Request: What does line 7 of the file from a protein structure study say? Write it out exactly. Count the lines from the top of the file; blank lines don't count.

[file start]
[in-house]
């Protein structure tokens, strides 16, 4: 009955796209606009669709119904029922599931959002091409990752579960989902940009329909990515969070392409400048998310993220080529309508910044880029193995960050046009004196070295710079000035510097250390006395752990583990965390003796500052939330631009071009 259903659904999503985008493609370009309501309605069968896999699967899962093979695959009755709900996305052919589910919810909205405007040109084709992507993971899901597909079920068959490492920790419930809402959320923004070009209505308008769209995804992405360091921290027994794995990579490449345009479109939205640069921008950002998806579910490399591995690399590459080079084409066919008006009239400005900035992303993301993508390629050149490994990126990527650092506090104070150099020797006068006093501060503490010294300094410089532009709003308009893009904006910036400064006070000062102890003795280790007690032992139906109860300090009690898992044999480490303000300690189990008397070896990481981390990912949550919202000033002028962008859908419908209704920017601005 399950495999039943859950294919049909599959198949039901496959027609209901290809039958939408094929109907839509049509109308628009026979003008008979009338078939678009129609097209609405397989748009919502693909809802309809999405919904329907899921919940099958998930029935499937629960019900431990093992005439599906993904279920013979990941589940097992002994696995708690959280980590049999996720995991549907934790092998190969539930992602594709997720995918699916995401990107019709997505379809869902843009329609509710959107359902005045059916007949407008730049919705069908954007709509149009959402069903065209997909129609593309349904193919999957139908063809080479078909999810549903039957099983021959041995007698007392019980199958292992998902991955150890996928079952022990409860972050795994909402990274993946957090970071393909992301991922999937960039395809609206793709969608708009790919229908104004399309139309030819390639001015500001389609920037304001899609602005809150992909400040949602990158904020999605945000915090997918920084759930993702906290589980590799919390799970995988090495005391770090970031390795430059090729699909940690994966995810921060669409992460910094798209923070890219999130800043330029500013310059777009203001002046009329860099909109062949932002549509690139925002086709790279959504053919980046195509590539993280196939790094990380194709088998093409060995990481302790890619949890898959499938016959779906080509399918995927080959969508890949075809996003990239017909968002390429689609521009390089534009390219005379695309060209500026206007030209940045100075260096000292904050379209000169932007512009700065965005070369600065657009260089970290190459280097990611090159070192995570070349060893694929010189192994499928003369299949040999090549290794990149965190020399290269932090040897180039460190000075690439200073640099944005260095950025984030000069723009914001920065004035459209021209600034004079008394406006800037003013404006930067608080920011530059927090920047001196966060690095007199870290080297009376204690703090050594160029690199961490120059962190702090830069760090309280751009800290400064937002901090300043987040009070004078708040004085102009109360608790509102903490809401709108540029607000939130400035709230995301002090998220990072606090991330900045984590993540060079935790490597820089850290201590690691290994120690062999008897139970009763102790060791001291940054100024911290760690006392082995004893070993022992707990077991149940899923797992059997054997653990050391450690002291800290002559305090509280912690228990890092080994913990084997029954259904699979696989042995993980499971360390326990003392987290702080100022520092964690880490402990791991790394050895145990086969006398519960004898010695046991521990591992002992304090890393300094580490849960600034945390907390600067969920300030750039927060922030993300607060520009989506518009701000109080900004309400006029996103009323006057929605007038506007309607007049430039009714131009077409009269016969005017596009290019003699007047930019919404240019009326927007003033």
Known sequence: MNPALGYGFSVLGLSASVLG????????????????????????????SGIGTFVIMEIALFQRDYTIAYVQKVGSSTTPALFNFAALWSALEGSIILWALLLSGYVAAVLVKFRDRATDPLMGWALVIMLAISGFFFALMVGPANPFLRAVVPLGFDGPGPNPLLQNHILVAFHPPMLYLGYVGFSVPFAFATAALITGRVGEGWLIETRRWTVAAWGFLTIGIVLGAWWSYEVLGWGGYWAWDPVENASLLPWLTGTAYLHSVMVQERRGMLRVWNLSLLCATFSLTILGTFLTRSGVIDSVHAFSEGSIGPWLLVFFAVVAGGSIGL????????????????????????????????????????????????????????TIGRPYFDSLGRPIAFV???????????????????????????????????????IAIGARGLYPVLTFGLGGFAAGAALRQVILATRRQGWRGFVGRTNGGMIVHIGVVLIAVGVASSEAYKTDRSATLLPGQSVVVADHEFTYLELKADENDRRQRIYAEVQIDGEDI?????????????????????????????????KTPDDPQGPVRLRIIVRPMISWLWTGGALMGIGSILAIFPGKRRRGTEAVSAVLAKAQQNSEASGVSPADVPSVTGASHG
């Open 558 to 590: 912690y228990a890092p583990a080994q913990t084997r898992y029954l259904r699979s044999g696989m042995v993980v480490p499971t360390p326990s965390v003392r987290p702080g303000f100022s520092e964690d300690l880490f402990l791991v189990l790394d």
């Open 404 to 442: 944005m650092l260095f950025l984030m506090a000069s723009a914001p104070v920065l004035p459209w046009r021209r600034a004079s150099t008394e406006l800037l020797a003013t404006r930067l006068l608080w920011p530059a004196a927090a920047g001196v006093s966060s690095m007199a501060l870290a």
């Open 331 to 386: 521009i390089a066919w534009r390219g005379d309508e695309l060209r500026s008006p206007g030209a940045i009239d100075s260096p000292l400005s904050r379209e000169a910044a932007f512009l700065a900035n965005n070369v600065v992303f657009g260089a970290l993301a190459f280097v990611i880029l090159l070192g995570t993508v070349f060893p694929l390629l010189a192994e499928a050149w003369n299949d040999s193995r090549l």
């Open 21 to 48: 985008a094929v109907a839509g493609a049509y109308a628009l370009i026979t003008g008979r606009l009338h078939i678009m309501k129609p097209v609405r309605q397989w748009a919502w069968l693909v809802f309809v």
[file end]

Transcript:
């Open 21 to 48: 985008a094929v109907a839509g493609a049509y109308a628009l370009i026979t003008g008979r606009l009338h078939i678009m309501k129609p097209v609405r309605q397989w748009a919502w069968l693909v809802f309809v």